2014 Lecture Series
Please join us for this year’s outstanding lecture series dedicated to healing our environment and ourselves, starting with “Toxic Hot Seat”, the award-winning HBO documentary about a 40-year campaign of deception that left a toxic legacy of flame retardants in our homes and bodies. From changes in our weather, in the bay around us, to the truth about chemical exposure and cancer, the series is a journey into the key health issues of our time.
Lectures begin promptly at 6:00 p.m.
Reception honoring the speaker(s) at 5:30 p.m.
Center for Marine Studies, 55 Main Street, Blue Hill
(note: September 24 Lecture on Deer Isle**)
Lectures are free and open to the public.
Click here to view the speaker line up.
Fire Fighters Call for Tighter Restrictions on Toxins in Household Products
Institute President and Founder Dr. Susan Shaw is launching a study at the end of the year with 100 Portland firefighters, studying blood and urine samples after fires. The goal is to help figure out exactly which chemicals are triggering cancer and get them out of the home. Watch the stories on WSCH6-TV and WMTW-TV to learn more >
Fire Fighters Sound Alarm on Toxic Chemicals
Dr. Susan Shaw was recently interviewed for an article in the Huffington Post on toxic exposure among fire fighters.
Click here to read the article >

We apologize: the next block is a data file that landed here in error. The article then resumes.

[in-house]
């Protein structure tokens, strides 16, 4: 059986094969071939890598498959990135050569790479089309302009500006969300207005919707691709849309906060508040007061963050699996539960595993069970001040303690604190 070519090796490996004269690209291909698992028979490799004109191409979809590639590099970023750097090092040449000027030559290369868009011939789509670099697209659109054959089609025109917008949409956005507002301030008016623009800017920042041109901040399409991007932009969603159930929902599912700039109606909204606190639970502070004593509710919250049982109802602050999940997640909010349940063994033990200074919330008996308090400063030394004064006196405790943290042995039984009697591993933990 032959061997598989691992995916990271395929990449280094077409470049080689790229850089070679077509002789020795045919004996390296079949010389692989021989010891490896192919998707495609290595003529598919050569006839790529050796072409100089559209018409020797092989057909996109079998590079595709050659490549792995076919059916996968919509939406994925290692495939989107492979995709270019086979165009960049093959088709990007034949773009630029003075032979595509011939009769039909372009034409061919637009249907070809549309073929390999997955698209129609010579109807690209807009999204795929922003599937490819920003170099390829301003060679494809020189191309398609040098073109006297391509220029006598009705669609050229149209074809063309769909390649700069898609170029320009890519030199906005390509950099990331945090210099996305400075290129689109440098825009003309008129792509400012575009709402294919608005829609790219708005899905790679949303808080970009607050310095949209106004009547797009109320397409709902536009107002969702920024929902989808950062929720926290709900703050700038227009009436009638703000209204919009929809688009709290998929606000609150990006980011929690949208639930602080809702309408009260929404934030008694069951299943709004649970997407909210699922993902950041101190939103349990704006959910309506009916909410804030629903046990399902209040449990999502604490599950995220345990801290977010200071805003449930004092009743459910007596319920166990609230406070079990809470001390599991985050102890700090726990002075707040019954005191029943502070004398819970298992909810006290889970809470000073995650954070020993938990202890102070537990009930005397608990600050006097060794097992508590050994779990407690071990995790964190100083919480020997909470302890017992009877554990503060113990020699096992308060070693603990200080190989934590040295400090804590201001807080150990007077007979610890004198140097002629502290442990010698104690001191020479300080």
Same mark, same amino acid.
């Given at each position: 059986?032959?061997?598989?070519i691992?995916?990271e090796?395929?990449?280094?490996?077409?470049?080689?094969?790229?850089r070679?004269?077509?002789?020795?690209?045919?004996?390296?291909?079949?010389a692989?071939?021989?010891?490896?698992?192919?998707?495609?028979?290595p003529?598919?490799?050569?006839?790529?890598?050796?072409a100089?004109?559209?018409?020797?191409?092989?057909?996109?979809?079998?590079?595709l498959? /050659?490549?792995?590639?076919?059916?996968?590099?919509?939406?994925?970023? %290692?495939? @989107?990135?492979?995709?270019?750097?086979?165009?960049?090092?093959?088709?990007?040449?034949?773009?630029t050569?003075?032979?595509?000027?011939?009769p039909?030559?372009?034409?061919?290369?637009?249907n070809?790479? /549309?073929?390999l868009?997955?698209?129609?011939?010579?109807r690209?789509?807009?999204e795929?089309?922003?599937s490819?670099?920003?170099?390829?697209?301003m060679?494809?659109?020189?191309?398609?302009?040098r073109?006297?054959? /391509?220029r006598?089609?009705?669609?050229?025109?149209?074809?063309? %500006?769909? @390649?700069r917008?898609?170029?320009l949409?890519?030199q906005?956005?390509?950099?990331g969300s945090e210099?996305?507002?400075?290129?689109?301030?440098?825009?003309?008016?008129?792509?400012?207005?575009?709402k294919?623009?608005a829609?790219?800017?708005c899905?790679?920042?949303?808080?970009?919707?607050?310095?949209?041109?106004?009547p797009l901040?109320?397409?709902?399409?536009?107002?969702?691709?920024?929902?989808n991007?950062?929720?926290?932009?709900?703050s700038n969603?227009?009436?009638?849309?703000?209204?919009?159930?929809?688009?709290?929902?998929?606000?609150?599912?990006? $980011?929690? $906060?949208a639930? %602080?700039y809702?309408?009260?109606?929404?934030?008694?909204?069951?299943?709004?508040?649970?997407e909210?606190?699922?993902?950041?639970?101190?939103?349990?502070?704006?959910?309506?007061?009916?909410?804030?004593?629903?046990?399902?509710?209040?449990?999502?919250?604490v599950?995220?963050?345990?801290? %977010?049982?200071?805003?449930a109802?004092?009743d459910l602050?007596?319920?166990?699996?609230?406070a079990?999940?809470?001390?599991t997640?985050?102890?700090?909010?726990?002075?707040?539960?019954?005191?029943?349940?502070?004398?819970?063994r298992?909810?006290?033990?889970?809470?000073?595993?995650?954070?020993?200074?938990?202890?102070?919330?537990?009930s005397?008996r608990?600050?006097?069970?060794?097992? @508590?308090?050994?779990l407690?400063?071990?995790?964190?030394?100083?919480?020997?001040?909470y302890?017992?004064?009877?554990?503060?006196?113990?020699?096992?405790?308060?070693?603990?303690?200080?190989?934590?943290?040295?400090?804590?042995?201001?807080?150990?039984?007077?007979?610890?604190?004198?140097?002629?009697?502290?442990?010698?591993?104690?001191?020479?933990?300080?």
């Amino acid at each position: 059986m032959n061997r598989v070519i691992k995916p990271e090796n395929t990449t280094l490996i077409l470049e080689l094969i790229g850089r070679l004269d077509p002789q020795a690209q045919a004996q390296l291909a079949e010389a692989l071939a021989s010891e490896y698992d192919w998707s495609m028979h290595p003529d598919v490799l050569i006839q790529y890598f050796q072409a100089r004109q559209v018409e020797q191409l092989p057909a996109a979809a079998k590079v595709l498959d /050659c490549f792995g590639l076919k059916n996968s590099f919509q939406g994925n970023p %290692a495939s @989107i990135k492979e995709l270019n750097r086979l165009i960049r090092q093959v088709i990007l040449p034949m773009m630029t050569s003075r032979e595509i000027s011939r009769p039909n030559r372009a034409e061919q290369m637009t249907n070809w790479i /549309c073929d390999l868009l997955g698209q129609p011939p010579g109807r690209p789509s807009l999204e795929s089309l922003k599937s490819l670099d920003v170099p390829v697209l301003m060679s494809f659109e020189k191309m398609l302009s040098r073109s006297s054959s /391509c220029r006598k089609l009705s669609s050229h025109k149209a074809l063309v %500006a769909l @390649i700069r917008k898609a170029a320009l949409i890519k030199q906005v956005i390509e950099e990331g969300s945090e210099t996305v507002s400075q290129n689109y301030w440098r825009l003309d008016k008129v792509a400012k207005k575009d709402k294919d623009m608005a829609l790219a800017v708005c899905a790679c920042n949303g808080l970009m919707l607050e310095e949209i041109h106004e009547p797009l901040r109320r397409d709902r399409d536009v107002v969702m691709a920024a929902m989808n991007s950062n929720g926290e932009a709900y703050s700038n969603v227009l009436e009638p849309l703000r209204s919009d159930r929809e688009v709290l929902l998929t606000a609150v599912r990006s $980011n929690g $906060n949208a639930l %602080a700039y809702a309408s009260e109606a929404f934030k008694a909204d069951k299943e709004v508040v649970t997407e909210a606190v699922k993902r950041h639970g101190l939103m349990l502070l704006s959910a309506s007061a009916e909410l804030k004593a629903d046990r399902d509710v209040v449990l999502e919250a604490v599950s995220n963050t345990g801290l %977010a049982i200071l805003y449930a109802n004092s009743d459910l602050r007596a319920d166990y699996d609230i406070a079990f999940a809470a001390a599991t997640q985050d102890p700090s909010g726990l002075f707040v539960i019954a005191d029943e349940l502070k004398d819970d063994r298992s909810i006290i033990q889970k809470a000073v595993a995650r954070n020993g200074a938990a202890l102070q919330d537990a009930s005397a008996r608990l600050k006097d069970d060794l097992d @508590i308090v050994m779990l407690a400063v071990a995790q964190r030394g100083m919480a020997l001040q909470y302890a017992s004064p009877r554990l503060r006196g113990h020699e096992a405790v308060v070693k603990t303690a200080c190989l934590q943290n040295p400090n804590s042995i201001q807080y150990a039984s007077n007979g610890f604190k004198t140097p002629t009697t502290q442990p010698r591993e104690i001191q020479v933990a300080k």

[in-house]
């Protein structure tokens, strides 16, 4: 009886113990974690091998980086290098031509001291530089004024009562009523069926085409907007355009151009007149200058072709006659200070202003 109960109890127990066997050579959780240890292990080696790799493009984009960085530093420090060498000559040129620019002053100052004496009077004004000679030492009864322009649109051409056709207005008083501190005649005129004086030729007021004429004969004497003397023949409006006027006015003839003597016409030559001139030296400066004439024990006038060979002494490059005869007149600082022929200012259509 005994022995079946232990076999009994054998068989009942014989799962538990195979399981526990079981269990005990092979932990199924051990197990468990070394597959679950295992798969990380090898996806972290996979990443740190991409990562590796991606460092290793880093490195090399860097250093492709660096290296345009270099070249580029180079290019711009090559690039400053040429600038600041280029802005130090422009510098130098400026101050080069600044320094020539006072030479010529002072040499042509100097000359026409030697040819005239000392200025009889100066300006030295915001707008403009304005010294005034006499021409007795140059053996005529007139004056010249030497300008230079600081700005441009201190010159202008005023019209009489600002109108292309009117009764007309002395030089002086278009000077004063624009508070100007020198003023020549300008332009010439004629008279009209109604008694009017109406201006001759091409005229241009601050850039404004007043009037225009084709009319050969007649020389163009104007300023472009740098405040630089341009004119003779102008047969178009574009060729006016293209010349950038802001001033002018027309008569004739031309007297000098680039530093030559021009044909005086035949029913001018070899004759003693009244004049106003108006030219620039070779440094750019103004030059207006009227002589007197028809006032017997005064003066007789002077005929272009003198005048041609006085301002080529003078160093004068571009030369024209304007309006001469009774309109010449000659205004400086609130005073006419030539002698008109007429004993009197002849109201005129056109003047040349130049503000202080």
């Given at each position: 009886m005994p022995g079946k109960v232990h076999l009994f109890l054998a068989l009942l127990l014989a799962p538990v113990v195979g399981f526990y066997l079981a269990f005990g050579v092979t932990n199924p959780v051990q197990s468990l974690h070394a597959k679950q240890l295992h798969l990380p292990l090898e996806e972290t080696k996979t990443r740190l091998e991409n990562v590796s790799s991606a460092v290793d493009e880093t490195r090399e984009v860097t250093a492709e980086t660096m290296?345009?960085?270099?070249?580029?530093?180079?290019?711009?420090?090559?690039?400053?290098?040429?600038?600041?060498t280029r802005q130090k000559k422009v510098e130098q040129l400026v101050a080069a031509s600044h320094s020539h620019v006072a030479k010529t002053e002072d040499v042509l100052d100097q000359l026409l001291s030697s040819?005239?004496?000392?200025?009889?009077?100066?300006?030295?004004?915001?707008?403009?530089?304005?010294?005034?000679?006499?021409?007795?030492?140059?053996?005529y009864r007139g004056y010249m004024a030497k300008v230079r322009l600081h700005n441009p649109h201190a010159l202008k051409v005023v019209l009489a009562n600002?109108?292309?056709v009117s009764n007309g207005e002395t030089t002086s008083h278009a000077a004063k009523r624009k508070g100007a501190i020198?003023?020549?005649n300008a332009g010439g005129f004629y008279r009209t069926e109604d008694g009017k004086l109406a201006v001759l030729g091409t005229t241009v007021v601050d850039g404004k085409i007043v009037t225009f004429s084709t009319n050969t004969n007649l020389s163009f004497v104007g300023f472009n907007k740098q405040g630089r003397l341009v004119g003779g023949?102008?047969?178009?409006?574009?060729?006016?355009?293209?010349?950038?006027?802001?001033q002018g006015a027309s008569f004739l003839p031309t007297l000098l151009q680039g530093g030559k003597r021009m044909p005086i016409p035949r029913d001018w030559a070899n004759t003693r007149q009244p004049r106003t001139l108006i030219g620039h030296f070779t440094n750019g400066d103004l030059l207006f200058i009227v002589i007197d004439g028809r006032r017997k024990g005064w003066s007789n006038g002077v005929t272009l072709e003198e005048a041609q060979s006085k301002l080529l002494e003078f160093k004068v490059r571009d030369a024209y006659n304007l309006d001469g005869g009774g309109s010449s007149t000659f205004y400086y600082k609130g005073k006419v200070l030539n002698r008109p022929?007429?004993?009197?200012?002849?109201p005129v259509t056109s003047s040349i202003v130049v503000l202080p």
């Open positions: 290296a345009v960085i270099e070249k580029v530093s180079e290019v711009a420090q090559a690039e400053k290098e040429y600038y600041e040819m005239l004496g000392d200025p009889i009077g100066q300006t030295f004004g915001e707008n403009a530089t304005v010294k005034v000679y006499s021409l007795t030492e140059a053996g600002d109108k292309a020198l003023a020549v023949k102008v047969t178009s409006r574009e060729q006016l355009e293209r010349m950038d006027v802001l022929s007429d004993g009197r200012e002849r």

Blue Hill Group Studying Plastic in Maine Sea
The Institute's microplastics monitoring program was featured on WABI-TV's evening news.
Click here to see the story >
Scientists Eye New Threat to Gulf of Maine Ecosystem: Microplastics
Listen to Tom Porter's story on our microplastics monitoring program and volunteer initiative which aired July 8th on "Maine Things Considered".
Click here to see the full story >
Study: Firefighters Face Higher Cancer Risk than Previously Thought
Read the Bangor Daily News article about our latest study on flame retardant chemicals in homes and buildings that may explain firefighters’ high rates of cancers. Dr. Shaw spoke with the Ellsworth Fire Department about toxic exposure and firefighter health. Instead of protecting lives, when flame retardants burn, they form cancer-causing dioxins and furans that firefighters cannot avoid inhaling and ingesting in smoke and dust while on the job. Read the full article online here.
When Flame Retardants Burn: Toxic Exposure and Health Risks to Firefighters
A groundbreaking new study published by environmental toxicologist Dr. Susan Shaw and co-authors provides new evidence that brominated flame retardants in burning household materials endangers the health of U.S. firefighters. It is the first study to measure brominated dioxins and furans in firefighters’ blood and shows for the first time that exposure to these chemicals during fires may carry even higher risks for cancer and other health problems than already demonstrated.
Click here to read the highlights of the study >